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The Explainer: Vaginal Dryness

It’s the frustrating symptom nobody wants to talk about. Here, we ditch the shyness and get real about this common problem. 
vaginal dryness

The vagina is a wonderfully complex place. It’s at once a self-cleaning oven, a literal vessel of life, and a pleasure center. But when hormonal changes throw off the vagina’s delicate ecosystem, your vagina can really become a source of discomfort and frustration. 

Vaginal dryness, a.k.a atrophic vaginitis, affects an estimated 40 percent of women aged 40 to 55, though it can strike at any age. And while it may be tempting to brush it off as no big deal or a perimenopausal symptom every woman deals with, it’s something to take seriously—and not just because it can make sex painful. 

“If left untreated vaginal dryness can cause vaginal tissue to crack and sores can develop,” explains Monte Swarup, MD, FACOG, and founder of HPD Rx. It is also linked with an increase in risk of urinary tract infections.  

Many women skip talking about vaginal dryness with their doctors out of embarrassment. But that’s a shame, because effective treatments are out there. Here’s a guide to vaginal dryness and what you can do about it. 

Why does vaginal dryness happen?

Vaginal dryness occurs when estrogen production drops. In addition to helping regulate your menstrual cycle, estrogen keeps vaginal tissue moist, thick, and elastic. 

Vaginal dryness is most often related to perimenopause and menopause, when your body experiences a natural decrease in estrogen production. But a drop in estrogen (and ensuing vaginal dryness) can also happen during pregnancy and breastfeeding. Certain medications, like certain forms of birth control, endometriosis drugs, or estrogen-blocking drugs used after breast cancer, can also mess with your estrogen levels and bring on vaginal dryness. For some women, mild vaginal dryness can occur alongside the normal ups and downs of their menstrual cycle, most usually on the days just before and after the start of a period when estrogen levels are lowest. 

“Cold and allergy medications and some antidepressants can dry out vaginal tissue as well,” adds Dr. Swarup, even though these drugs don’t affect your estrogen levels. 

How is vaginal dryness treated? 

For some women, vaginal dryness doesn’t cause any bothersome symptoms at all, says Dr. Swarup. If it’s only happening intermittently with your period or if it’s happening because of breastfeeding, you may choose to wait it out. But if it is causing problems, there’s no reason to put up with it when effective treatments are out there.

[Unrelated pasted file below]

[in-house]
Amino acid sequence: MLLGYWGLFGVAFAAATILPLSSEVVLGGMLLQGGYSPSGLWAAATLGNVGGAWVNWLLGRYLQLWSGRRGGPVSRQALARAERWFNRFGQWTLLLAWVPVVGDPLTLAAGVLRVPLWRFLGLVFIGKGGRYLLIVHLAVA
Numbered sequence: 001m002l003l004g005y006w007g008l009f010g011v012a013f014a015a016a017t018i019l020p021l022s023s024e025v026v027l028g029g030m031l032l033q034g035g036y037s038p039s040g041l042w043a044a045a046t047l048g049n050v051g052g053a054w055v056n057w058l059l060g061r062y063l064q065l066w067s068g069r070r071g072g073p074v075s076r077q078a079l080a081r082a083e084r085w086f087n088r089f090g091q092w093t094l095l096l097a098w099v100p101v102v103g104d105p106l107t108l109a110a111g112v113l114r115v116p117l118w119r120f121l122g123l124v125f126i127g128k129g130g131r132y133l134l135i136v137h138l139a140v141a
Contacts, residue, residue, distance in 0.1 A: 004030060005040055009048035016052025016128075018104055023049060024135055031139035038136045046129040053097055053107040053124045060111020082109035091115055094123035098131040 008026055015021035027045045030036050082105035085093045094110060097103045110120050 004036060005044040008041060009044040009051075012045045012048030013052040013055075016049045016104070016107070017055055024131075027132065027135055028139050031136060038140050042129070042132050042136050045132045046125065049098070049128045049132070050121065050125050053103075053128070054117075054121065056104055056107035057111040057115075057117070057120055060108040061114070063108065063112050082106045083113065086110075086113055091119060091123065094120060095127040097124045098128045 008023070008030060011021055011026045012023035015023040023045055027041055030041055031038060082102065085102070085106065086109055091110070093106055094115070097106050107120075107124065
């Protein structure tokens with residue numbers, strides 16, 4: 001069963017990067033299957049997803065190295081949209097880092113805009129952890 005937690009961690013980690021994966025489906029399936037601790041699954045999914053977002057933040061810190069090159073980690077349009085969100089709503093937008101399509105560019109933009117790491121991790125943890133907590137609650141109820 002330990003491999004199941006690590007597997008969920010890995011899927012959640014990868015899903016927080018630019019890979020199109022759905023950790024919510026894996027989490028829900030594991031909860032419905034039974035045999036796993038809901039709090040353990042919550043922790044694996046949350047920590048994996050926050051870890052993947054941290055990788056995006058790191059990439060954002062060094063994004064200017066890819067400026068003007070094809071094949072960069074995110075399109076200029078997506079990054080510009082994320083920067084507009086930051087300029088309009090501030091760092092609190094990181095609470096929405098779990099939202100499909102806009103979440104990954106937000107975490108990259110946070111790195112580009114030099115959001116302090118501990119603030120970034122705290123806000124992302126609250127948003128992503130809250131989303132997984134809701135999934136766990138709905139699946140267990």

“The most common treatment is low-dose vaginal estrogen cream, tablet or ring, to reinvigorate vaginal tissues,” Dr. Swarup says. These work by providing the cells of the vagina with the estrogen necessary to rejuvenate the cells of the vagina, restoring elasticity. Some estrogen is absorbed into the bloodstream from these products, though the low dose makes risk of side effects minimal. 

Over-the-counter lubricants can be helpful if dryness only bothers you during sex or if it’s mild. Water-based lubricants designed specifically for intercourse are your best bet, especially if you use condoms. (Oil-based lubes can damage latex condoms.) 

Moisturizers, which can also be bought in the pharmacy without a prescription, are designed to help your vagina retain moisture. These are not the same as lubricants, which are usually labeled “external use only.” Vaginal moisturizers contain hyaluronic acid and aim to increase the water content of the vaginal tissues. They are suppositories that are meant to be inserted into the vagina a few times a week. Some research suggests these products can be as effective as some hormonal treatments, which is great news for women who can’t use estrogen. 

More recently, “vaginal rejuvenation” treatments, which use lasers, electromagnetic pulses, or radio waves to stimulate vaginal tissue, have been used to help with vaginal dryness. Generally speaking, the science backing up the use of these technologies is still so early that many experts don’t recommend it just yet. (In fact, the U.S. FDA issued a 2018 warning about the lack of science to back them up for this issue, especially for breast cancer survivors whose vaginal dryness can be severe.) However, there are some signs of the science catching up: One 2020 trial found that laser therapy could be as effective as hormonal treatments. The other downside of these treatments: they’re considered cosmetic and so insurance doesn’t cover them. 

Amelia Harnish is a journalist with a focus on women, health, and culture. She’s written for Women’s Health, Cosmopolitan, New York Times, the Wall Street Journal, and more. 

Related:

The Explainer: Bacterial Vaginosis

What is Normal Vaginal pH—and When Should You Test Yours?

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